STATE OF WEST BENGAL AND OTHERS Vs. AMRITA LAL SINGHA ROY
LAWS(SC)-1990-12-64
SUPREME COURT OF INDIA (FROM: CALCUTTA)
Decided on December 11,1990

State Of West Bengal And Others Appellant
VERSUS
Amrita Lal Singha Roy Respondents

JUDGEMENT

- (1.)This appeal, by the State of West Bengal, arises out of and is directed against the order dated 21st March, 1988 of the Division Bench of the High Court of Calcutta, which in reversal of the order of the learned Single Judge, allowed the writ-petition of the Respondent, who was a Sub-Inspector of Police in the State of West Bengal, and quashed his order of transfer.
(2.)The Respondent who was a Sub-Inspector of Police working at Hooghly District Enforcement Branch (in the Aram Bagh Zone) was transferred out of the District by the order dated 18.6.1987. Respondent challenged the transfer in the writ-petition before the High Court. A learned Single Judge of the High Court by his order dated 11.8.1987 dismissed the writ petition. In the appeal preferred by the Respondent, the Division Bench rejected his contention that the transfer was mala fide and for extra administrative reasons. However, the Division Bench was persuaded to the view that the transfer having been made within seven years of 3rd May, 1982, the date of Respondent's posting at Aram Bagh was not shown to have been justified by compelling and unavoidable administrative exigencies. The Division Bench also upheld Respondent's contention that the transfer having come about at the instance of the Deputy Inspector General of Police (Headquarters) and not on the initiative of the Deputy Inspector General of Police, Burdwan Range, was rendered infirm.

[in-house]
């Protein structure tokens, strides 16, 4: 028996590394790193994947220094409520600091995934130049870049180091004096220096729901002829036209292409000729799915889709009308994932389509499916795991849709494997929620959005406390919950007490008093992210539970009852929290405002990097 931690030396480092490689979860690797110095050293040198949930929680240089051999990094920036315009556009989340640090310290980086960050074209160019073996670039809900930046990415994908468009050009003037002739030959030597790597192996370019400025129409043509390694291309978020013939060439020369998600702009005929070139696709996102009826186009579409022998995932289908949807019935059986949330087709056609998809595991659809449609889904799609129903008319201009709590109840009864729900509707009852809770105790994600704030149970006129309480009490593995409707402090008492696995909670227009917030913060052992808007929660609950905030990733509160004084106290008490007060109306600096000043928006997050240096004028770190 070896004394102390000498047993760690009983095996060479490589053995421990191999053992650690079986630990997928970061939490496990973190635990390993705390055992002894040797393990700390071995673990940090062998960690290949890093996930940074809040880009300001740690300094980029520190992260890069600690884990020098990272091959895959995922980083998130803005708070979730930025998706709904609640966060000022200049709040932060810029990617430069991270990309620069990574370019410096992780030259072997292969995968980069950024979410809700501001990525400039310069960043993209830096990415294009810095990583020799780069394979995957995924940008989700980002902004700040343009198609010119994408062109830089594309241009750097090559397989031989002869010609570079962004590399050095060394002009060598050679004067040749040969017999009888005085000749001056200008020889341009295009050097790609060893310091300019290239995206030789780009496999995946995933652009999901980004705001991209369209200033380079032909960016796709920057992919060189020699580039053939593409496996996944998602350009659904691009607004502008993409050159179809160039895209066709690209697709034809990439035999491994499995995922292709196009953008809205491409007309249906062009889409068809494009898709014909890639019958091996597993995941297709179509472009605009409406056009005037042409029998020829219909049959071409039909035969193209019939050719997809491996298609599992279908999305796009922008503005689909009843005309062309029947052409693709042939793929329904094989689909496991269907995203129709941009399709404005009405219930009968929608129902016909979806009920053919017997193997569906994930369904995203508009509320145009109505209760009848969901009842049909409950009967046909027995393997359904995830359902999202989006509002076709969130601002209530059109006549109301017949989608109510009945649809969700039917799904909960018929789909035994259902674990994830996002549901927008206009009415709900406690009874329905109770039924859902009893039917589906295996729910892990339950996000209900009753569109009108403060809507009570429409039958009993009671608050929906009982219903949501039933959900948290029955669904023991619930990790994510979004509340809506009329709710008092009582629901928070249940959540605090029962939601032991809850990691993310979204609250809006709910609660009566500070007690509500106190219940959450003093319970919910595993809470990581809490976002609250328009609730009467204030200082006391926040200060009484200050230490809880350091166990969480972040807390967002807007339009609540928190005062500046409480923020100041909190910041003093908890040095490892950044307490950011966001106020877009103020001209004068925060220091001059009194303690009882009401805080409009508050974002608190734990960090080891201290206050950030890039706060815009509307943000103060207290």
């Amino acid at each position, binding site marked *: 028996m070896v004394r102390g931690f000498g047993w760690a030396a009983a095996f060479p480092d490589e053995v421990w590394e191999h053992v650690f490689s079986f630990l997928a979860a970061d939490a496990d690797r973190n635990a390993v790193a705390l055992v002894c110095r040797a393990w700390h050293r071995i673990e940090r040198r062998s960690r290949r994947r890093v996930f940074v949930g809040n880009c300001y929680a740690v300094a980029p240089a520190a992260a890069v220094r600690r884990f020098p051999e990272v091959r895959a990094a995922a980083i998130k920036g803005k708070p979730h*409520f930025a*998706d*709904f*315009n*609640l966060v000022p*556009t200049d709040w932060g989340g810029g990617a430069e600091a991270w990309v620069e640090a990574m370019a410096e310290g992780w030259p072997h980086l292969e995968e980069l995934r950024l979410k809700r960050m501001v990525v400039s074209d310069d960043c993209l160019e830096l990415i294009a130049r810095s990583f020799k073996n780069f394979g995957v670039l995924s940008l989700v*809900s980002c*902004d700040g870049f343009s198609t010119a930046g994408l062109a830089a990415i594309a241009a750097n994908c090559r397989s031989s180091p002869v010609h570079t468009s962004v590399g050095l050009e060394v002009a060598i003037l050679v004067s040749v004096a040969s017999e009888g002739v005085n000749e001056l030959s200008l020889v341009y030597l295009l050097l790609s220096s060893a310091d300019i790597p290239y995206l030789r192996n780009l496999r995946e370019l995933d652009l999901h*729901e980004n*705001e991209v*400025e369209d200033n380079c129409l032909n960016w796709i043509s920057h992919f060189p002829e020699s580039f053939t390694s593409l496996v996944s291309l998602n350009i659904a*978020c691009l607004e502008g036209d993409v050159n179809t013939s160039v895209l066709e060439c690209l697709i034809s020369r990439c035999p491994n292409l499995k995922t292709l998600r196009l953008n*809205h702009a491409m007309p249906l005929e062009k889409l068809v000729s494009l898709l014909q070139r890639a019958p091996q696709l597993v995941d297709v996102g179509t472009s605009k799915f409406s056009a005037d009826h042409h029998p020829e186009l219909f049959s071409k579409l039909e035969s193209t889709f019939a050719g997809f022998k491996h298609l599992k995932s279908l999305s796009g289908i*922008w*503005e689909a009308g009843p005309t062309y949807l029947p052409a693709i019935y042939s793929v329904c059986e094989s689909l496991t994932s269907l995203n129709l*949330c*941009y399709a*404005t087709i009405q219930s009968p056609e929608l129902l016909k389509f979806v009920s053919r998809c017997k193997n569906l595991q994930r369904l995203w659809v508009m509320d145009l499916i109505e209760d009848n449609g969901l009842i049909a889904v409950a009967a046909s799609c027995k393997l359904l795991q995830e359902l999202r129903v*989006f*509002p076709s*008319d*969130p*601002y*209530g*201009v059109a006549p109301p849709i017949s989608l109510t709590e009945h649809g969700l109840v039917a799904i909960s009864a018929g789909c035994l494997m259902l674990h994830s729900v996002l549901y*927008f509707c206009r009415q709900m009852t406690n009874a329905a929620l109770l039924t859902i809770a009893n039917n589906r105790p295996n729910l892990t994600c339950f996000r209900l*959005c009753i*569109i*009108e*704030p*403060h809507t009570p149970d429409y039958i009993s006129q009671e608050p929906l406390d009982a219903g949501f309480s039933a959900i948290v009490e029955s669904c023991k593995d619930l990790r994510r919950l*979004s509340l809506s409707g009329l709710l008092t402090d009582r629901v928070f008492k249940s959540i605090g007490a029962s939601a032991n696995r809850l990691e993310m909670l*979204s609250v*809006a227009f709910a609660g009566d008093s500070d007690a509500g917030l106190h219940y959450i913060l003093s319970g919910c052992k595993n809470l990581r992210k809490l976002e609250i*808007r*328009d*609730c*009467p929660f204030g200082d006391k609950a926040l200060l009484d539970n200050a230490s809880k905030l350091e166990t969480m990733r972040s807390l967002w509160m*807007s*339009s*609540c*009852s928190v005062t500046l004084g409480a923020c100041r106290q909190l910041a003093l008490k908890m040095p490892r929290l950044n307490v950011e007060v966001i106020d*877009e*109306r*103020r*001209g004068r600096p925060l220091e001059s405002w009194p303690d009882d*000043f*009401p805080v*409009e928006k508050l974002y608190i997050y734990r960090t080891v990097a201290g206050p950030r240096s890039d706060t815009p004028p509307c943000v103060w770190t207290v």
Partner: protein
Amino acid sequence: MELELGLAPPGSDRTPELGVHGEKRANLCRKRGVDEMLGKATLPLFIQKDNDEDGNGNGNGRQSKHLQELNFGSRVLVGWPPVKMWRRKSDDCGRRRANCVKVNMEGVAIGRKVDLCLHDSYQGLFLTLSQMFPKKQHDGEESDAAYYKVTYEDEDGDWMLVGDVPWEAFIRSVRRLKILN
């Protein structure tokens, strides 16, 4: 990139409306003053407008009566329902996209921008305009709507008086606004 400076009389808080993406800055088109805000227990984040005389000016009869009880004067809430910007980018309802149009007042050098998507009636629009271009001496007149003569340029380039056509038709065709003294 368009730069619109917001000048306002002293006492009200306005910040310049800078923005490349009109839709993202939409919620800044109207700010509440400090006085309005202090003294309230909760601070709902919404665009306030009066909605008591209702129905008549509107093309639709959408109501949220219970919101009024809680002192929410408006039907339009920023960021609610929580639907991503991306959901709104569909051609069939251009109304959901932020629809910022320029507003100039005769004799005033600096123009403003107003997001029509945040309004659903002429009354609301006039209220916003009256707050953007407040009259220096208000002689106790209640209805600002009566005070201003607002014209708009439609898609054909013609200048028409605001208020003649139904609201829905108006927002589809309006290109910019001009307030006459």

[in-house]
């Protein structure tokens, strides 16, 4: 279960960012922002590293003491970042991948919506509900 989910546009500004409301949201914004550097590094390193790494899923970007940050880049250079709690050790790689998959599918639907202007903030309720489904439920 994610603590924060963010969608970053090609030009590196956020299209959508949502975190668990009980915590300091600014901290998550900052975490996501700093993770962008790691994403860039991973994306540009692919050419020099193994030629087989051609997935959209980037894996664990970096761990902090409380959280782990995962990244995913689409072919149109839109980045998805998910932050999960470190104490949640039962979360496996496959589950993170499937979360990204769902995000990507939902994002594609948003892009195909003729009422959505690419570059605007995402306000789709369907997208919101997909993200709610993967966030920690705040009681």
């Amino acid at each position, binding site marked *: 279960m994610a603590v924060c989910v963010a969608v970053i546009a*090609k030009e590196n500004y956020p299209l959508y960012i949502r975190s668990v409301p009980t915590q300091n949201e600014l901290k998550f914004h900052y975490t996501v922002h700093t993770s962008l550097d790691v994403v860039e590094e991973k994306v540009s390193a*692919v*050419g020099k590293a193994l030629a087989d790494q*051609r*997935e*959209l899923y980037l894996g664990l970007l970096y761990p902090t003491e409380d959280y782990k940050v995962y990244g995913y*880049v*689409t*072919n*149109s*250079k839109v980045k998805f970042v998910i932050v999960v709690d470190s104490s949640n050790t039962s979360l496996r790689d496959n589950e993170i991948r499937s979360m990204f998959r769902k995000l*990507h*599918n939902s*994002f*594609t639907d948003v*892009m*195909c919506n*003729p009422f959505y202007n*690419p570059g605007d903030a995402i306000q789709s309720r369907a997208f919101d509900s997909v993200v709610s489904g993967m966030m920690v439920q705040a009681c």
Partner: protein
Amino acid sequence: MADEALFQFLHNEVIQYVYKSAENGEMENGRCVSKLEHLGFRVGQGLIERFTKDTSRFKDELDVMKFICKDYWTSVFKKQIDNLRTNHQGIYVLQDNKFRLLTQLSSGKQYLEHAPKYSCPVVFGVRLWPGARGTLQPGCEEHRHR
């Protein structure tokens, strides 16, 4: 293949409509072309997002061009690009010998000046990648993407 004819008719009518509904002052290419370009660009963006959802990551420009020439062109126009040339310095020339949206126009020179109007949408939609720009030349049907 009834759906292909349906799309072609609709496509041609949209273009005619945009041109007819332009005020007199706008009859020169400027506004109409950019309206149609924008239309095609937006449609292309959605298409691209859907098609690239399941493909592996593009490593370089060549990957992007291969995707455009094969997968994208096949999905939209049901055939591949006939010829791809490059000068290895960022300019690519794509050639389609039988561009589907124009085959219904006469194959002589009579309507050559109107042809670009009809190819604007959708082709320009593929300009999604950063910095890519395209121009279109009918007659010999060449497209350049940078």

(3.)We have heard Sri Tapas Ray, learned senior counsel for the appellants and Sri M.K. Ramamurthi, learned senior counsel for the respondent-officer. On a consideration of the matter we are of the view that the controversy, having regard to the passage of time, does not survive inasmuch as, at all events, even the possible inhibition of seven years period referred to by the High Court ceases to operate. It is unnecessary either to go into the other controversy whether the Deputy Inspector General of Police (Headquarters) could have initiated steps for the transfer of the Respondent. Suffice it to say that the High Court took the view it did as, according to it, no material was placed before it to show that the Deputy Inspector General of Police (Headquarters) was in "over-all charge" or was otherwise competent to effect the transfer. The question whether that officer would or would not be competent to initiate steps for transfer would itself, in turn, depend-upon the nature and incidents of the administrative set up and vesting of administrative authority in him in the matter. That again is unnecessary to be gone into here.
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